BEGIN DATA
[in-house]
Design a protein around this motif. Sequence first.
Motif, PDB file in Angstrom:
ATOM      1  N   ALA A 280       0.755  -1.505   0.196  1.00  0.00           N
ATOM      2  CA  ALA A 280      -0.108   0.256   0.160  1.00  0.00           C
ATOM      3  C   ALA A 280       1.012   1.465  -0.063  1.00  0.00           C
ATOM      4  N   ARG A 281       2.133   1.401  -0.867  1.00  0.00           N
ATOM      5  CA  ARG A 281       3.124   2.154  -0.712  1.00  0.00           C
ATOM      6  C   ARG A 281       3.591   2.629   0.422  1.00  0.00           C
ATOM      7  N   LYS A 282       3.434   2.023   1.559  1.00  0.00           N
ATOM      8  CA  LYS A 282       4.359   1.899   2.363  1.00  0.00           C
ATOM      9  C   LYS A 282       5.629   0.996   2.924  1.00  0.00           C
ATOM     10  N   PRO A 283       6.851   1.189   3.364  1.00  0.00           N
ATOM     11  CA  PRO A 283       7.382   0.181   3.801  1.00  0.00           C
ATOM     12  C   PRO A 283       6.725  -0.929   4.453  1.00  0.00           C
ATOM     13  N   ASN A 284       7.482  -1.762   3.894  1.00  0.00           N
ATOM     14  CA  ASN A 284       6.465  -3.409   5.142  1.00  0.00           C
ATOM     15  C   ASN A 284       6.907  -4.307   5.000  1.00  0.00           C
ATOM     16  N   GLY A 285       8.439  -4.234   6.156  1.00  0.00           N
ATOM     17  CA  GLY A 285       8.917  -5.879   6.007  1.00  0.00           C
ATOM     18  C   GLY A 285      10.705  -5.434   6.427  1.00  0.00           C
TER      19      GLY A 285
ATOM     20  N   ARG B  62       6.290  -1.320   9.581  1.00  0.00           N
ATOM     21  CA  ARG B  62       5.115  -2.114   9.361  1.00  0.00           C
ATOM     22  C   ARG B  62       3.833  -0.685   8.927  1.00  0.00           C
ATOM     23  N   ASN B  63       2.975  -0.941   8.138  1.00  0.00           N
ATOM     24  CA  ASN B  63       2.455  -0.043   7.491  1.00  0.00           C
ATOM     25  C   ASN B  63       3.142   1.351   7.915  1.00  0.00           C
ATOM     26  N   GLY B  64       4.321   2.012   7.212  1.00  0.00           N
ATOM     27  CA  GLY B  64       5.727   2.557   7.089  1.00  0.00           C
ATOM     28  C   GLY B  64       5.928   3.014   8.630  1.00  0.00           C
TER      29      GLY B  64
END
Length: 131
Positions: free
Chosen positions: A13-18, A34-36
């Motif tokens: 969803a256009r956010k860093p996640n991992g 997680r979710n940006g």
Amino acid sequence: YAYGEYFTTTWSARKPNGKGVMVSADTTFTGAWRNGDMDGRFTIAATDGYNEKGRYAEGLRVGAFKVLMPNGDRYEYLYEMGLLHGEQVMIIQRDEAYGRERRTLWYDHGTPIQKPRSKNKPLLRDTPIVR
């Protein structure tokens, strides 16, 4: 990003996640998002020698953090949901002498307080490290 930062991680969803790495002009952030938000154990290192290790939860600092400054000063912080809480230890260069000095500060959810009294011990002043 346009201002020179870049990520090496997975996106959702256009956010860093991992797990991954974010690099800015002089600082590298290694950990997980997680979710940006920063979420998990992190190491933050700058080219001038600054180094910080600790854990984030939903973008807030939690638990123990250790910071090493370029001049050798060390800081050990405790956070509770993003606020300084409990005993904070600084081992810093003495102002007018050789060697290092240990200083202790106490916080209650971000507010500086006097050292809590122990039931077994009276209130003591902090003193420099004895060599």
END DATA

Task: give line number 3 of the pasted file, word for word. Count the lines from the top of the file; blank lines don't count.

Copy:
Motif, PDB file in Angstrom: